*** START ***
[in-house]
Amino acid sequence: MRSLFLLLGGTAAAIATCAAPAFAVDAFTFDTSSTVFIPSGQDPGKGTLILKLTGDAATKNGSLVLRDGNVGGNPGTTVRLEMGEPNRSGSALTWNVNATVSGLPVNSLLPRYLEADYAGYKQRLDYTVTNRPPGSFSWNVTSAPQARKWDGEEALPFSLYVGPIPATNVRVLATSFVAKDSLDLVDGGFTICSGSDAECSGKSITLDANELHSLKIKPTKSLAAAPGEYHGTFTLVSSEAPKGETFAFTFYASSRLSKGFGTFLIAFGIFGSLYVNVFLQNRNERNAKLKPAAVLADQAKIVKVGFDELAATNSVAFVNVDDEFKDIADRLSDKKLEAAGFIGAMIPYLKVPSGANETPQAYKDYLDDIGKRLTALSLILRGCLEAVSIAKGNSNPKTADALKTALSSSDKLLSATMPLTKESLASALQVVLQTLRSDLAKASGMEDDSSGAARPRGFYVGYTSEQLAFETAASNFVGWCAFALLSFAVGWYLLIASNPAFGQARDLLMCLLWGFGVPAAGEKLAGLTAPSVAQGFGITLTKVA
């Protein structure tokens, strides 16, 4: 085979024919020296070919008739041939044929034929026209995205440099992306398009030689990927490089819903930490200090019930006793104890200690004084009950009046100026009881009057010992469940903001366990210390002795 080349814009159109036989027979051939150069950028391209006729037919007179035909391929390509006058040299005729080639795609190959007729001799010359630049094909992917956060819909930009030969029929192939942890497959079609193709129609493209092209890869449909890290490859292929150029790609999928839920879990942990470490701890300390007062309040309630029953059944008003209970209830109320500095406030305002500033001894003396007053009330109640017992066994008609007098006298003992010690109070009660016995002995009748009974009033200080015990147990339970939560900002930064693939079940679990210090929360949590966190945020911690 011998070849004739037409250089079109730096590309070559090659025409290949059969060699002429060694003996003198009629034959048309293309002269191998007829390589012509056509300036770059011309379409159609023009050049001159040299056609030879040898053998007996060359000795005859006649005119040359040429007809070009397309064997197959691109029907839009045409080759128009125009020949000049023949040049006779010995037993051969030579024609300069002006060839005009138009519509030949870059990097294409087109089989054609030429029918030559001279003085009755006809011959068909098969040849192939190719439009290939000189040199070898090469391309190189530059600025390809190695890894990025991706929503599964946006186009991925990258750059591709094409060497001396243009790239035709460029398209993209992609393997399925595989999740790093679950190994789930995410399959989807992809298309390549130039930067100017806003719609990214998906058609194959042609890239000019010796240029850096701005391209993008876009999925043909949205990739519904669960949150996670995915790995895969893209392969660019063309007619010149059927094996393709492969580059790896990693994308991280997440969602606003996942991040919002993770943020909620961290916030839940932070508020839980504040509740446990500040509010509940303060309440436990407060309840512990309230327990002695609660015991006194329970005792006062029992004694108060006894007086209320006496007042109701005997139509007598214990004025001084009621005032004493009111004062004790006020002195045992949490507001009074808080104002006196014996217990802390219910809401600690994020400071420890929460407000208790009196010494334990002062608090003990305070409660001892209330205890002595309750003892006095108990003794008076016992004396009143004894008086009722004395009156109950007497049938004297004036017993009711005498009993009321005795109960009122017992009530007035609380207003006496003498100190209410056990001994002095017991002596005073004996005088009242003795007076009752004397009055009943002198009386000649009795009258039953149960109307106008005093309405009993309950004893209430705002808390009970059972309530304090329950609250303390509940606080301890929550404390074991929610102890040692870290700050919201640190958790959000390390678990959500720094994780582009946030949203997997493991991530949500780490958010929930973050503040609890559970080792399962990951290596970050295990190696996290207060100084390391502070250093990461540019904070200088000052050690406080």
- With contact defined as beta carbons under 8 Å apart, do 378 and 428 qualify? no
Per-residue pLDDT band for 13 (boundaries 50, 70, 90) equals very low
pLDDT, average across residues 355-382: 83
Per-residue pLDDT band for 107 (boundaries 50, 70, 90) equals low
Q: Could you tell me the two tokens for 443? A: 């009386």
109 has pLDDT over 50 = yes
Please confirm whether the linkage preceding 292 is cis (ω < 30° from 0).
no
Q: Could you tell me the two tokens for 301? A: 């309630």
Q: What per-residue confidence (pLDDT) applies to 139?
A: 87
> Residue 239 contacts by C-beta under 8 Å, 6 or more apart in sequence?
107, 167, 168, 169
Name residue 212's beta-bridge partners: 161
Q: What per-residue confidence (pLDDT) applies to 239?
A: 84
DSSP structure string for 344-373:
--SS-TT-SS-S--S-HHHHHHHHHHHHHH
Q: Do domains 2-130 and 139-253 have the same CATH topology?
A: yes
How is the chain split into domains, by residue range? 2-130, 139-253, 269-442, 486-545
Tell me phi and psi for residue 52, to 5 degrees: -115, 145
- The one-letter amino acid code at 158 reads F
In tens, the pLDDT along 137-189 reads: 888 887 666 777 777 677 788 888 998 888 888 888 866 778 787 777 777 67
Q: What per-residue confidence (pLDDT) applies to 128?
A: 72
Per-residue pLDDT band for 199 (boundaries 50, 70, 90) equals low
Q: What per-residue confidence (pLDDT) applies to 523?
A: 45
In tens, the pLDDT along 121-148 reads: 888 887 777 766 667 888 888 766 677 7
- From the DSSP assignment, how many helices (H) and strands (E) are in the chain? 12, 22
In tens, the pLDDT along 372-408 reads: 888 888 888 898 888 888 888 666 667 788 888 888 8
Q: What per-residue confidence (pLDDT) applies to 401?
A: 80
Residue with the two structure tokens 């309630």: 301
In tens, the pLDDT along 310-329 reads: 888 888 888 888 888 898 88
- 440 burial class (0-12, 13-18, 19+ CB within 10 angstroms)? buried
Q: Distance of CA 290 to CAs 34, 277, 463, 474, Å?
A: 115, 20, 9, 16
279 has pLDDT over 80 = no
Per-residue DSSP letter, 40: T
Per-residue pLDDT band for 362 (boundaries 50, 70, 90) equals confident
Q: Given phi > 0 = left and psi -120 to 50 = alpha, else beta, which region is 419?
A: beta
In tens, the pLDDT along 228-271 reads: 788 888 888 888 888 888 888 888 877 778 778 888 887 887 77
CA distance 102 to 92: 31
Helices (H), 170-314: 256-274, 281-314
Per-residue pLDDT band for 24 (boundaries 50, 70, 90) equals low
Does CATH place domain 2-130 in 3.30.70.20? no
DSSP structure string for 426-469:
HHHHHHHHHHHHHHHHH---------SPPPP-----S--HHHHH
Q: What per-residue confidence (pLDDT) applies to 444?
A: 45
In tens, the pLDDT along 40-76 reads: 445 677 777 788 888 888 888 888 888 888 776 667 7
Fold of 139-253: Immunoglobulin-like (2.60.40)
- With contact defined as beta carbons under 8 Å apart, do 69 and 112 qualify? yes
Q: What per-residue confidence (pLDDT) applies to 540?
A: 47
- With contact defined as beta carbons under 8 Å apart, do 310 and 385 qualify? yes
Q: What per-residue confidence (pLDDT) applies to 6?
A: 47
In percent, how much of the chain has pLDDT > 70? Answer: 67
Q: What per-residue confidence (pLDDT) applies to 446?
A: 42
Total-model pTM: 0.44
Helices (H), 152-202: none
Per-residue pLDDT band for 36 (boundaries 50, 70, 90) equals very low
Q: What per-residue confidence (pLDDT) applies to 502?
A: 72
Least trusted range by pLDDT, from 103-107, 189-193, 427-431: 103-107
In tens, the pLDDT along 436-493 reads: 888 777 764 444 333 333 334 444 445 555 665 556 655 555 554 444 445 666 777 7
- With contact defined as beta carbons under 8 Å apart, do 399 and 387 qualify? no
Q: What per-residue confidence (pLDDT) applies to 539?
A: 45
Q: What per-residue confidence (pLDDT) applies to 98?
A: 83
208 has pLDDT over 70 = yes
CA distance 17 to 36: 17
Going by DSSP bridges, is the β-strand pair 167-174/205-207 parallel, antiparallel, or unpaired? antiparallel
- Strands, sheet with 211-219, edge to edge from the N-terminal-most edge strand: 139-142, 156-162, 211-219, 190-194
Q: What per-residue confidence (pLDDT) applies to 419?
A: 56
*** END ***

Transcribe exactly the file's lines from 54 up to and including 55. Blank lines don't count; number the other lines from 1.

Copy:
HHHHHHHHHHHHHHHHH---------SPPPP-----S--HHHHH
Q: What per-residue confidence (pLDDT) applies to 444?